Is an immigration overhaul the mouse that roared? Beats us. Maybe we should ask Majority Leader Eric Cantor, who lost his Republican primary in Virginia last week after his opponent, previously obscure economics professor Dave Brat, made immigration a big issue in the race. That brings us to this week’s Capitol Quip.
Send us a caption for this week’s contest by leaving it in the comments section. Editors will pick five finalists on Wednesday, and everyone can vote for the winner through Thursday.
To see our previous winners, check us out on Pinterest.
Thanks to the many readers who contributed captions for last week’s Capitol Quip contest. Here’s the winning entry, as voted by readers of Heard on the Hill.
The winner will receive a signed color print suitable for framing from Roll Call cartoonist R. J. Matson. Check out our past winners on Pinterest.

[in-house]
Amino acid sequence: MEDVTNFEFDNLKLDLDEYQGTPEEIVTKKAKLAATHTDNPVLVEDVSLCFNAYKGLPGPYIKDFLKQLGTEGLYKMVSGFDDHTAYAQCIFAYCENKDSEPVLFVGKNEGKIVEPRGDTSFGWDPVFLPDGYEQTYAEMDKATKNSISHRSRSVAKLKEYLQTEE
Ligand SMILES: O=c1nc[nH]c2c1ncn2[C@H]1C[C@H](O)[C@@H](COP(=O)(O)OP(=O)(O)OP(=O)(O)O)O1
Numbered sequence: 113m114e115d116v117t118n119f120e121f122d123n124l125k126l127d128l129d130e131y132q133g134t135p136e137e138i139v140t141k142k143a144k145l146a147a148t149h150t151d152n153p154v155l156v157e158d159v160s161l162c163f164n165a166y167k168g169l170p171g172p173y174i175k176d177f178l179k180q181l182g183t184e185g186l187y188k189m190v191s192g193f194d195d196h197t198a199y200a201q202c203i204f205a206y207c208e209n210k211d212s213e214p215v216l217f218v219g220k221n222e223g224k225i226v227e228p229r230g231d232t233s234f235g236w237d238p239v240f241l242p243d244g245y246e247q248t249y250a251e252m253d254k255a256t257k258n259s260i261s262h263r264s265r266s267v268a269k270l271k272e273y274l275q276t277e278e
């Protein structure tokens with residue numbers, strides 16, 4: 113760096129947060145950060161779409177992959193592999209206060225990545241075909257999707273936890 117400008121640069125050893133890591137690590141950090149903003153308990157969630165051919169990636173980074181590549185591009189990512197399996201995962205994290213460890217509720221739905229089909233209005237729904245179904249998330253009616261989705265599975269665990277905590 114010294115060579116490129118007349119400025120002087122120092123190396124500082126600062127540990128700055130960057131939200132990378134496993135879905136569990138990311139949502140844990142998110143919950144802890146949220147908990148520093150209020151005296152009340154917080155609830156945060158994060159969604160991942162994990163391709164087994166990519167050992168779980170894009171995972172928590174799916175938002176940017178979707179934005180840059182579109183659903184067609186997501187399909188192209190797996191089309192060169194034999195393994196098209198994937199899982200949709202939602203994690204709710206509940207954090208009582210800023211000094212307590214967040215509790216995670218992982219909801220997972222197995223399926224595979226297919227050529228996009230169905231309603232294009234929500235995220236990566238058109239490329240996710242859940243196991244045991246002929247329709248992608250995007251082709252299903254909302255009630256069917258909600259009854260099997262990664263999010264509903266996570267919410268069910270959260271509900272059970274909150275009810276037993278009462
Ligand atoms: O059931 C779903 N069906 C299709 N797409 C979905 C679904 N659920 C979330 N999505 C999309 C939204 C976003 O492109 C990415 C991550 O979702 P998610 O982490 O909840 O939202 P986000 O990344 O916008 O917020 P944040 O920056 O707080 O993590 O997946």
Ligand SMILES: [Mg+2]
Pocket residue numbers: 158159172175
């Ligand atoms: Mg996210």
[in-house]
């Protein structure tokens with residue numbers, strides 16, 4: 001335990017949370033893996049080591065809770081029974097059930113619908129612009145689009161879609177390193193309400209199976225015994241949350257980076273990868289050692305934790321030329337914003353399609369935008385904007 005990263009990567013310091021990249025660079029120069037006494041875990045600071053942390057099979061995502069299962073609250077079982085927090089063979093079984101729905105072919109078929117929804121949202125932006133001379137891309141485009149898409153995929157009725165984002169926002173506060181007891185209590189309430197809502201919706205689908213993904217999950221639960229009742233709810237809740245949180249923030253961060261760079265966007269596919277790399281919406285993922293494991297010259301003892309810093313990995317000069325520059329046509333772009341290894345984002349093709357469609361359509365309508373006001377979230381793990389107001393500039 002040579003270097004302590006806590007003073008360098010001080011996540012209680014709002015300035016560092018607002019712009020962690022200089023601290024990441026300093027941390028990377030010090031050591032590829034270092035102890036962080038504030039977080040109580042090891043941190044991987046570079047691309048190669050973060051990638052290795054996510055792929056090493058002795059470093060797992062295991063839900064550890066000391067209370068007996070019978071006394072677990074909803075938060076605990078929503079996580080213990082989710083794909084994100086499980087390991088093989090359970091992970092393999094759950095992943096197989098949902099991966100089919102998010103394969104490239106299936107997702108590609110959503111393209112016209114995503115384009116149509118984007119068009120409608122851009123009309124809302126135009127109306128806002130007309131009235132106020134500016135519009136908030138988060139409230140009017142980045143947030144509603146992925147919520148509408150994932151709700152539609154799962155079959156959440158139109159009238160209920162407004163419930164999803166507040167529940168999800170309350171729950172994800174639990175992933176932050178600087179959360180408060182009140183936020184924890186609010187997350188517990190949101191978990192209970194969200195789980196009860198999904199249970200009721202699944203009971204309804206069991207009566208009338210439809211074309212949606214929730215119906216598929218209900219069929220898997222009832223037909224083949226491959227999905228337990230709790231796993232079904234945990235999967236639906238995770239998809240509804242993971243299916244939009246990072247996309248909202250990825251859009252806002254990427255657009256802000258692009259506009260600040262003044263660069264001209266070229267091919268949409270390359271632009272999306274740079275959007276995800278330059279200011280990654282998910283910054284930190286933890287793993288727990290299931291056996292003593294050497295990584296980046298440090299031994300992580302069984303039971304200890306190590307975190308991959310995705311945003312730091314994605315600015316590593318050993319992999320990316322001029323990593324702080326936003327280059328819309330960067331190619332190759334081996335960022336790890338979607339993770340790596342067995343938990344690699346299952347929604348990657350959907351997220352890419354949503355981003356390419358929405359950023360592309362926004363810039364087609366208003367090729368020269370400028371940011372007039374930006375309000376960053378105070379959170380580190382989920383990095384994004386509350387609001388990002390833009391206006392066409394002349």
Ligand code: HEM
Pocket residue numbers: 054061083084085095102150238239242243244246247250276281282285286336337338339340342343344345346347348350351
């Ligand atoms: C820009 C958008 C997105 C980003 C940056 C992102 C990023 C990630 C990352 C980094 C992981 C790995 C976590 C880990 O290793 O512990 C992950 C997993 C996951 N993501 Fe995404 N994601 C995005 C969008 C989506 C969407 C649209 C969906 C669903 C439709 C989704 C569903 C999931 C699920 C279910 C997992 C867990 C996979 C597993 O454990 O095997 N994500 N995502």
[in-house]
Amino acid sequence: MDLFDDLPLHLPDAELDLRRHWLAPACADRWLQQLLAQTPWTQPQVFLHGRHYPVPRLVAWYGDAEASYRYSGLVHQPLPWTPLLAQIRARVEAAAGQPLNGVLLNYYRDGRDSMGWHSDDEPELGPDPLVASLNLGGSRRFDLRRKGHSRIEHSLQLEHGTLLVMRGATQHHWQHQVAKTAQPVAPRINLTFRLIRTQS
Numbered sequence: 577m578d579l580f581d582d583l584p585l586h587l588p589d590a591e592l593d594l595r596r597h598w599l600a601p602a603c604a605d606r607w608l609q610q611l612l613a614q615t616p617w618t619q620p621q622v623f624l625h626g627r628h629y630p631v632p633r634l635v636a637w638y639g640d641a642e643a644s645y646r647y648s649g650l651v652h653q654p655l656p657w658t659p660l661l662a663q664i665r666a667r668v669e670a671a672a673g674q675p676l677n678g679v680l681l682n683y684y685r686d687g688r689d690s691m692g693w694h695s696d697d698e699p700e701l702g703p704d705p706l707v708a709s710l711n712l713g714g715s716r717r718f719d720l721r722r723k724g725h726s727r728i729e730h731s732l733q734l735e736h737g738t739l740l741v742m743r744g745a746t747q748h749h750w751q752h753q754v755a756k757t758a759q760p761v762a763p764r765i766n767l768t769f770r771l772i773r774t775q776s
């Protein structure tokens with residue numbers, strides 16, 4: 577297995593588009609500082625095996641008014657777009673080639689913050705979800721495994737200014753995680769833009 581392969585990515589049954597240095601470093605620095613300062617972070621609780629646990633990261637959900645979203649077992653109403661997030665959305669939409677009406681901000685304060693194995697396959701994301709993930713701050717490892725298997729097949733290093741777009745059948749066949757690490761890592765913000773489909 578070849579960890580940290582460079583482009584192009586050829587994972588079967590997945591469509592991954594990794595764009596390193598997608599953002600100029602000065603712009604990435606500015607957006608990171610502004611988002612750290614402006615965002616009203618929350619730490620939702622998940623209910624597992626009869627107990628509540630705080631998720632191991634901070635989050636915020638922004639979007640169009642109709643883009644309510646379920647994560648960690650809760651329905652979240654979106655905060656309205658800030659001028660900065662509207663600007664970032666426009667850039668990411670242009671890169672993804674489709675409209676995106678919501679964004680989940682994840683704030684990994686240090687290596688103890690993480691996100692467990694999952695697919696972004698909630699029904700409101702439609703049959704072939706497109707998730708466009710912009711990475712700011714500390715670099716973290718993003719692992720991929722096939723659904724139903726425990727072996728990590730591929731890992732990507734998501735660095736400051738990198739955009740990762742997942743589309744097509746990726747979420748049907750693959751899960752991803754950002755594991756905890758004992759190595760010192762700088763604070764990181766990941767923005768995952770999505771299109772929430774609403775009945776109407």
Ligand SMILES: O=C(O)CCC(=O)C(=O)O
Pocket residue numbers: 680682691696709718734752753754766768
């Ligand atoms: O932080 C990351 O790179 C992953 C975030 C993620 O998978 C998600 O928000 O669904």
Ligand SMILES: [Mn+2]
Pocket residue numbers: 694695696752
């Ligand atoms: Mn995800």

Sen. Bob Casey, D-Pa., recently added a new line to his career summary: Marriage officiant.
John Rizzo, press secretary for Casey, and Tiffany Wynn, a lawyer at Crowell & Moring, were married on May 31 at the Park Hyatt in Washington, D.C. John is from Scranton, Pa., and started his career in Casey’s office as an intern. He also worked in the press office of Democratic New York Sen. Charles E. Schumer. Tiffany is from Connecticut and a graduate of Duke University and Georgetown Law.
“My staff and I never thought that John’s dedication to, some might say ‘obsession with,’ press coverage could be rivaled by anything other than sports … that is, until he met Tiffany,” Casey said in his remarks at the ceremony.
June 14, 2014
Even with Majority Leader Eric Cantor stealing the spotlight for much of the week, members managed to focus their attention on beef jerky, hamburgers, pools and Ewoks.
June 13, 2014
The House Energy and Commerce Subcommittee on Health has gotten to the heart of what’s ailing the country. It turns out we’re sick. Literally. Almost half the country — 133 million people, one witness said — has a chronic medical condition or disability. That’s the news. The bad news is that it’s going to get worse. No wonder everybody’s in a bad mood.